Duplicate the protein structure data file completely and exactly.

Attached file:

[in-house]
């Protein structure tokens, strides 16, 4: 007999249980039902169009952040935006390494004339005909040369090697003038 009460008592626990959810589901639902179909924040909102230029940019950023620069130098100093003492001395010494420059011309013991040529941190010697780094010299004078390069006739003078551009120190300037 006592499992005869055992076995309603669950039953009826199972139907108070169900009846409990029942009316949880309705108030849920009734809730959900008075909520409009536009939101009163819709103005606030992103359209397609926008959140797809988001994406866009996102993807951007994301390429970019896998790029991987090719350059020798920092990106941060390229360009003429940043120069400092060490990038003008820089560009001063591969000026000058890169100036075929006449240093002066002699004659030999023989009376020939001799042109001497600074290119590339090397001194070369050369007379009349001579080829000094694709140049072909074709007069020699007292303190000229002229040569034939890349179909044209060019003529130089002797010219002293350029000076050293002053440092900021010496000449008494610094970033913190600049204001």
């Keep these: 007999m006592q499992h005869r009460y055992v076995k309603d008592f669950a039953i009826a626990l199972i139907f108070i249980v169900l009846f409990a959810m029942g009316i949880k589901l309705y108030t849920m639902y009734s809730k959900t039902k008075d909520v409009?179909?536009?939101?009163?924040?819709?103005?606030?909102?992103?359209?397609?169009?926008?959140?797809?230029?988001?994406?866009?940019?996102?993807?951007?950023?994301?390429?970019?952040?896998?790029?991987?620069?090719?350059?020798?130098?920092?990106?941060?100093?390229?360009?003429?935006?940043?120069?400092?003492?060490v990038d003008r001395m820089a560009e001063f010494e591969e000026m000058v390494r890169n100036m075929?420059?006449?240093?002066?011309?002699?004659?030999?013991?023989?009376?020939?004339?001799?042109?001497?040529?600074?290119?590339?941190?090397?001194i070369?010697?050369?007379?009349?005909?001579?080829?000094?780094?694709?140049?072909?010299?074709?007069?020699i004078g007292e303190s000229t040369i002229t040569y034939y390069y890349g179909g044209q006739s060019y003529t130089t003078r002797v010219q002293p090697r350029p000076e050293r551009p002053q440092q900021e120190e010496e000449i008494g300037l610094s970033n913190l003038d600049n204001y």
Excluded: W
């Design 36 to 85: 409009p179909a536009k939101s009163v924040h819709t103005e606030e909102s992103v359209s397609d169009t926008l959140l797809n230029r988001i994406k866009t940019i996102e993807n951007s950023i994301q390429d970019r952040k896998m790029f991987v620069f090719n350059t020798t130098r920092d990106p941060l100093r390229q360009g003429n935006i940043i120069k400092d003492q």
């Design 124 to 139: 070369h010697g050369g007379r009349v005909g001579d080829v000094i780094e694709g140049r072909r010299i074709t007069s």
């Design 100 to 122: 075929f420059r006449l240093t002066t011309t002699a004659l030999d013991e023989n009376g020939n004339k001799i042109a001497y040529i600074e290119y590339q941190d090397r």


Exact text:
[in-house]
């Protein structure tokens, strides 16, 4: 007999249980039902169009952040935006390494004339005909040369090697003038 009460008592626990959810589901639902179909924040909102230029940019950023620069130098100093003492001395010494420059011309013991040529941190010697780094010299004078390069006739003078551009120190300037 006592499992005869055992076995309603669950039953009826199972139907108070169900009846409990029942009316949880309705108030849920009734809730959900008075909520409009536009939101009163819709103005606030992103359209397609926008959140797809988001994406866009996102993807951007994301390429970019896998790029991987090719350059020798920092990106941060390229360009003429940043120069400092060490990038003008820089560009001063591969000026000058890169100036075929006449240093002066002699004659030999023989009376020939001799042109001497600074290119590339090397001194070369050369007379009349001579080829000094694709140049072909074709007069020699007292303190000229002229040569034939890349179909044209060019003529130089002797010219002293350029000076050293002053440092900021010496000449008494610094970033913190600049204001």
């Keep these: 007999m006592q499992h005869r009460y055992v076995k309603d008592f669950a039953i009826a626990l199972i139907f108070i249980v169900l009846f409990a959810m029942g009316i949880k589901l309705y108030t849920m639902y009734s809730k959900t039902k008075d909520v409009?179909?536009?939101?009163?924040?819709?103005?606030?909102?992103?359209?397609?169009?926008?959140?797809?230029?988001?994406?866009?940019?996102?993807?951007?950023?994301?390429?970019?952040?896998?790029?991987?620069?090719?350059?020798?130098?920092?990106?941060?100093?390229?360009?003429?935006?940043?120069?400092?003492?060490v990038d003008r001395m820089a560009e001063f010494e591969e000026m000058v390494r890169n100036m075929?420059?006449?240093?002066?011309?002699?004659?030999?013991?023989?009376?020939?004339?001799?042109?001497?040529?600074?290119?590339?941190?090397?001194i070369?010697?050369?007379?009349?005909?001579?080829?000094?780094?694709?140049?072909?010299?074709?007069?020699i004078g007292e303190s000229t040369i002229t040569y034939y390069y890349g179909g044209q006739s060019y003529t130089t003078r002797v010219q002293p090697r350029p000076e050293r551009p002053q440092q900021e120190e010496e000449i008494g300037l610094s970033n913190l003038d600049n204001y």
Excluded: W
């Design 36 to 85: 409009p179909a536009k939101s009163v924040h819709t103005e606030e909102s992103v359209s397609d169009t926008l959140l797809n230029r988001i994406k866009t940019i996102e993807n951007s950023i994301q390429d970019r952040k896998m790029f991987v620069f090719n350059t020798t130098r920092d990106p941060l100093r390229q360009g003429n935006i940043i120069k400092d003492q």
């Design 124 to 139: 070369h010697g050369g007379r009349v005909g001579d080829v000094i780094e694709g140049r072909r010299i074709t007069s």
């Design 100 to 122: 075929f420059r006449l240093t002066t011309t002699a004659l030999d013991e023989n009376g020939n004339k001799i042109a001497y040529i600074e290119y590339q941190d090397r």